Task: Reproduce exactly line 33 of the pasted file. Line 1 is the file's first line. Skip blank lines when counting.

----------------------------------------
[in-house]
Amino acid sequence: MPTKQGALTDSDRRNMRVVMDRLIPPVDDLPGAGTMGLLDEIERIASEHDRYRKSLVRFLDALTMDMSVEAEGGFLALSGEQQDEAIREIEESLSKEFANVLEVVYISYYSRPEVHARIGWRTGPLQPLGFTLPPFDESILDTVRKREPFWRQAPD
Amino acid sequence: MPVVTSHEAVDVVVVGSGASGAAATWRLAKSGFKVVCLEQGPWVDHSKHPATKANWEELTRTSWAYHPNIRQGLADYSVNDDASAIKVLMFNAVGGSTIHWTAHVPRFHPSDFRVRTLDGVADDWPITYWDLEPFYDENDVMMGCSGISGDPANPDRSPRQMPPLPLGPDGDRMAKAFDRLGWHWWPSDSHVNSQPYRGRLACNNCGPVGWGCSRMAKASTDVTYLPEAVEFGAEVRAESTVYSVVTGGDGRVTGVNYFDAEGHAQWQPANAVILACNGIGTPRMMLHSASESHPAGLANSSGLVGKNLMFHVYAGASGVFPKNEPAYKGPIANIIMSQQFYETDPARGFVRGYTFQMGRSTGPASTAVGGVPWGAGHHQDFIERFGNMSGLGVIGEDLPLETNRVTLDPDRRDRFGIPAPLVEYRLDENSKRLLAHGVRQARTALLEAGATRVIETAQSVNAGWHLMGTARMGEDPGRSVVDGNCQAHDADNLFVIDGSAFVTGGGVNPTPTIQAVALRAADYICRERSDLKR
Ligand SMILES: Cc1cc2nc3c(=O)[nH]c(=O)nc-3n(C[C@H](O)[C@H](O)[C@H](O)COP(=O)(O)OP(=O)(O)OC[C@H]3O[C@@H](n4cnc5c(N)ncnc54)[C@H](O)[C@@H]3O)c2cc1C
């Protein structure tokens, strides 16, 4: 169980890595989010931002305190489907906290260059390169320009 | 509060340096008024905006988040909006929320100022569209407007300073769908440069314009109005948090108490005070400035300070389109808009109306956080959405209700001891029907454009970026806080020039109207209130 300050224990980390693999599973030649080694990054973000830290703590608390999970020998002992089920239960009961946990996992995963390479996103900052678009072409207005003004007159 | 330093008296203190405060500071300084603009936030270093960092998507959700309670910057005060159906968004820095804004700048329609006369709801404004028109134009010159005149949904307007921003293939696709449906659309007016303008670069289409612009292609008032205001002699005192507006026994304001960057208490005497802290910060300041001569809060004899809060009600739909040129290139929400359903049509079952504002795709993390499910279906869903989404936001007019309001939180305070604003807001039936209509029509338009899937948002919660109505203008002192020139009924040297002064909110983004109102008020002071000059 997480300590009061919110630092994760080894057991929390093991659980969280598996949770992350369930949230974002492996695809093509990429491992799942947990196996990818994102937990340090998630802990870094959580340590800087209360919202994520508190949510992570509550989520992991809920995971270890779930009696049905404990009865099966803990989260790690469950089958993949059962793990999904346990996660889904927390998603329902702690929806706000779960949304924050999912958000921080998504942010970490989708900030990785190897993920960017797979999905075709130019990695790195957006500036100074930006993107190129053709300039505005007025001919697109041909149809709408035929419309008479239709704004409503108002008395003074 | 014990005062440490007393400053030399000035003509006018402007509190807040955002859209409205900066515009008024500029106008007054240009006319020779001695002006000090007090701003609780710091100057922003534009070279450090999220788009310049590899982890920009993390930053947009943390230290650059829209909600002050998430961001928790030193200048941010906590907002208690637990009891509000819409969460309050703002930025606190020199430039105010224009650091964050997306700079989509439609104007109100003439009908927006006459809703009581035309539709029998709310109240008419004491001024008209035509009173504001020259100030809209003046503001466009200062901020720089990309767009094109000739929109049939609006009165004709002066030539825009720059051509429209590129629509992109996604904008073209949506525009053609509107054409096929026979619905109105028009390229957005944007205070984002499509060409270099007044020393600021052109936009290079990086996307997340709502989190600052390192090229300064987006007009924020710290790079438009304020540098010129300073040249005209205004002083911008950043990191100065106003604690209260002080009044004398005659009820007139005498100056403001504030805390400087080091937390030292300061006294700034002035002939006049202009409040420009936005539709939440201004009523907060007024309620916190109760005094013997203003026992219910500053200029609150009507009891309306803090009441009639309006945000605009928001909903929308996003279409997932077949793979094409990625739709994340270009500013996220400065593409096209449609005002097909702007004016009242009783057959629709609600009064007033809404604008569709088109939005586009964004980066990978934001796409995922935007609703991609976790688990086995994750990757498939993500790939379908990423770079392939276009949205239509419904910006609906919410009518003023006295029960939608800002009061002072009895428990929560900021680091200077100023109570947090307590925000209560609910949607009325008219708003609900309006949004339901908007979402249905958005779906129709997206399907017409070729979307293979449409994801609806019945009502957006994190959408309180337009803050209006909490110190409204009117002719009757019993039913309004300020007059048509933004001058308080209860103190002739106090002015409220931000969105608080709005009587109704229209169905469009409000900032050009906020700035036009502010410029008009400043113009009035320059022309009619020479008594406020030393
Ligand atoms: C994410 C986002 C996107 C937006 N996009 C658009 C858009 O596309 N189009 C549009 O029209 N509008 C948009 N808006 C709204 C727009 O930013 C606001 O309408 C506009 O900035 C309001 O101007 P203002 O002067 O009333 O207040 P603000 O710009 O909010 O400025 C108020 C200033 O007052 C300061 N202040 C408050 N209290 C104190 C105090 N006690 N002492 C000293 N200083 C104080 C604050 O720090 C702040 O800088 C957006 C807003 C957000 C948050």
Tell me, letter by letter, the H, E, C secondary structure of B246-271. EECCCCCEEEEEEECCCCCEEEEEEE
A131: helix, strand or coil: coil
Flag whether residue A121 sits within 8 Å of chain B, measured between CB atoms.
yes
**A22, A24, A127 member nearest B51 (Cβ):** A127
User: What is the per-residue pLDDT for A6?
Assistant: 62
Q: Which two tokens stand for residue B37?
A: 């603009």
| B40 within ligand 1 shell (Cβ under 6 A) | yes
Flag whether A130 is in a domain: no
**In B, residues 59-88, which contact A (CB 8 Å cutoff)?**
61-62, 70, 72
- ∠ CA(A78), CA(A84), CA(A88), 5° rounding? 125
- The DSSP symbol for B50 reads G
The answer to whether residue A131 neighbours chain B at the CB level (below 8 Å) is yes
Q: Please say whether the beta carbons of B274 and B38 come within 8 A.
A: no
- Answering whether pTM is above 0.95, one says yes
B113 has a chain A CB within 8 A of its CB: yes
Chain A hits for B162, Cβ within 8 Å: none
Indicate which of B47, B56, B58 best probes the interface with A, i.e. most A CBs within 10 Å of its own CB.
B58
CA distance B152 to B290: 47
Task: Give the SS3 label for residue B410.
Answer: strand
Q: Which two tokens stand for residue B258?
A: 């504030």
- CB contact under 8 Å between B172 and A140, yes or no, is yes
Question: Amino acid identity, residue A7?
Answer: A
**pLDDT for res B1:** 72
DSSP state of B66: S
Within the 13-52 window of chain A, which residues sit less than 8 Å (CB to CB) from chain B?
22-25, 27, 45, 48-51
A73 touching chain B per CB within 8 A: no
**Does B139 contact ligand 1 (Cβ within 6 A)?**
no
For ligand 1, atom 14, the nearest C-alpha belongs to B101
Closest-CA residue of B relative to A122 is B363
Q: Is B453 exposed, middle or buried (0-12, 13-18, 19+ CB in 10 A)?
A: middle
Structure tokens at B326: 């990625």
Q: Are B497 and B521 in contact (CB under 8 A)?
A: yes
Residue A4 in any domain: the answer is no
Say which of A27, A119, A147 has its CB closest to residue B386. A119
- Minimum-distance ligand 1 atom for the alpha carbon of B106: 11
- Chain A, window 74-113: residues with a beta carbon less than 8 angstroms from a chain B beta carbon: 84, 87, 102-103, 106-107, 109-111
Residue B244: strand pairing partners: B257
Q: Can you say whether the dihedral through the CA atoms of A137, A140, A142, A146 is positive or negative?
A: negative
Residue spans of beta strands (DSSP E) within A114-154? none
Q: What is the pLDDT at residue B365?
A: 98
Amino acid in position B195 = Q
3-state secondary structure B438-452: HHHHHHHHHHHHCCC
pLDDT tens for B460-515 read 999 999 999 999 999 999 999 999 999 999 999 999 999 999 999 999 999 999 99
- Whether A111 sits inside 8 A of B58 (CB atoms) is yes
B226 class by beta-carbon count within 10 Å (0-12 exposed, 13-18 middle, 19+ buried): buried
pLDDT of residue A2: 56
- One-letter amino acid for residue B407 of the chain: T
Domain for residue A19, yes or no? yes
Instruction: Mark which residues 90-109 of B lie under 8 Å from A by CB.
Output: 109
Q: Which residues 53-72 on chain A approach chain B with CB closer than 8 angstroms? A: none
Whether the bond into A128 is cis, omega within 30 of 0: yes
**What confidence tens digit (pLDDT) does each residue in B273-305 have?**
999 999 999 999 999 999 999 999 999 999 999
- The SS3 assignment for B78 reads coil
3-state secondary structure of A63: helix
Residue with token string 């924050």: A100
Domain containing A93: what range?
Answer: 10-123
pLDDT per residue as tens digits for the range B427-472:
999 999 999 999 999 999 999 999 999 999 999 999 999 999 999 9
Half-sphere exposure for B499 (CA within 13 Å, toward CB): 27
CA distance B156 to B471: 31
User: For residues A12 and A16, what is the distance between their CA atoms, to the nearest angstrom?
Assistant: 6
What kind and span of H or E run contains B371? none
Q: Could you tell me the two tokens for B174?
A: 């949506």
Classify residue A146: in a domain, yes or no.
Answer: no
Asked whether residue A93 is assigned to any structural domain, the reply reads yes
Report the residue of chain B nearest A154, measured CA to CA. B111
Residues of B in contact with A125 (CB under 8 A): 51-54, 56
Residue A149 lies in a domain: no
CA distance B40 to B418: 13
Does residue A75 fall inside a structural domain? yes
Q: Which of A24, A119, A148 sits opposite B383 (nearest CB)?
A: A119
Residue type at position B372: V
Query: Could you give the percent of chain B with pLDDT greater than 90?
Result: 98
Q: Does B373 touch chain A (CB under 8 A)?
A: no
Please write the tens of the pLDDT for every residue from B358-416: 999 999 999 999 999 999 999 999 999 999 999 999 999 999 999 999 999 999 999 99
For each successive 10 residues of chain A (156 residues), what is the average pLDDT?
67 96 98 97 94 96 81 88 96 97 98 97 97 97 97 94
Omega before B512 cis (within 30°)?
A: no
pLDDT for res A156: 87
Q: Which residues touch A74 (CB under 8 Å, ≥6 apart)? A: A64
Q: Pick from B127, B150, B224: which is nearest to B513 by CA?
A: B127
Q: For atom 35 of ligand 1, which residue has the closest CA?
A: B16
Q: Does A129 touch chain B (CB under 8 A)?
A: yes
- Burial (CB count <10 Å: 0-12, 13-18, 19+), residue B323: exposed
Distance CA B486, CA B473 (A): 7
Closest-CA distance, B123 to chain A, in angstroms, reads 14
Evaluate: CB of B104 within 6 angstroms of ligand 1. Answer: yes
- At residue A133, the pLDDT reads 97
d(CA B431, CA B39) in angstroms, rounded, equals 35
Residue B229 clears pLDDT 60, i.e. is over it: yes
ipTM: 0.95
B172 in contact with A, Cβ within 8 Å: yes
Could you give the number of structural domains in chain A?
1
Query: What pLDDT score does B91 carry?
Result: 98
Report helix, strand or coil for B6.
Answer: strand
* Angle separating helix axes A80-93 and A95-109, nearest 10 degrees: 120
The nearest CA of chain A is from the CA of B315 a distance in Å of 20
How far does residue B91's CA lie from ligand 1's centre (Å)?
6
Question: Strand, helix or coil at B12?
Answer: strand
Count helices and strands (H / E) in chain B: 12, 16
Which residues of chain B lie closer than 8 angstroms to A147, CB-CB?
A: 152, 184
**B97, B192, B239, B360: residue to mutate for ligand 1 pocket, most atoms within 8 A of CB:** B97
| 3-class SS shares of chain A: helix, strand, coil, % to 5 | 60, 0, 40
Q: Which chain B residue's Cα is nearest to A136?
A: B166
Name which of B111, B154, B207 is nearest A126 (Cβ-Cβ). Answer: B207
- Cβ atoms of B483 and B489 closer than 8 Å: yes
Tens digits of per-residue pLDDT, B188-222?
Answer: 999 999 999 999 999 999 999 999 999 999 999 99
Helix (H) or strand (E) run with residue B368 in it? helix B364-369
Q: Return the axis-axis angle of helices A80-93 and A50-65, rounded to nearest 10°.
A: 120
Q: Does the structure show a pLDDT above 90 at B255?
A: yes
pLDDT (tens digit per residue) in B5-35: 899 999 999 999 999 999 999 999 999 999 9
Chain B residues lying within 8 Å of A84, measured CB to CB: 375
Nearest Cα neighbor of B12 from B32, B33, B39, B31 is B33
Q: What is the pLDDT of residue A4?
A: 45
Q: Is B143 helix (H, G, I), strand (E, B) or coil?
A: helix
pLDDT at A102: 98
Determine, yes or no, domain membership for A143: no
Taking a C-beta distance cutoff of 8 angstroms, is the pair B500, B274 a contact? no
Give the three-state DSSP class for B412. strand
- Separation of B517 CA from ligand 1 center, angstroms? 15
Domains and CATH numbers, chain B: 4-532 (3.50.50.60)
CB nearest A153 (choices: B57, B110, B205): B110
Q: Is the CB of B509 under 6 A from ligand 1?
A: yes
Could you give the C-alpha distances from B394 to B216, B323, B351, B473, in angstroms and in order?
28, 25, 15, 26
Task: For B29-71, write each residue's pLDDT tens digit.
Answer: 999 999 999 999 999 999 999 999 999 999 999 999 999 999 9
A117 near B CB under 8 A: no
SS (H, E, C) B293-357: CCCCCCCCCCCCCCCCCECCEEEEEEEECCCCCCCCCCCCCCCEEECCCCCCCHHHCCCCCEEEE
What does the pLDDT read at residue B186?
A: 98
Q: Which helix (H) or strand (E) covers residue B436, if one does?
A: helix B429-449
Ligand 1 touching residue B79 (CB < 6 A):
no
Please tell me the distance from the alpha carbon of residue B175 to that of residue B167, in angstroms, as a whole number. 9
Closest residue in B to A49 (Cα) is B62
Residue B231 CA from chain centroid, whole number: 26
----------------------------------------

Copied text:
Q: Which two tokens stand for residue B258?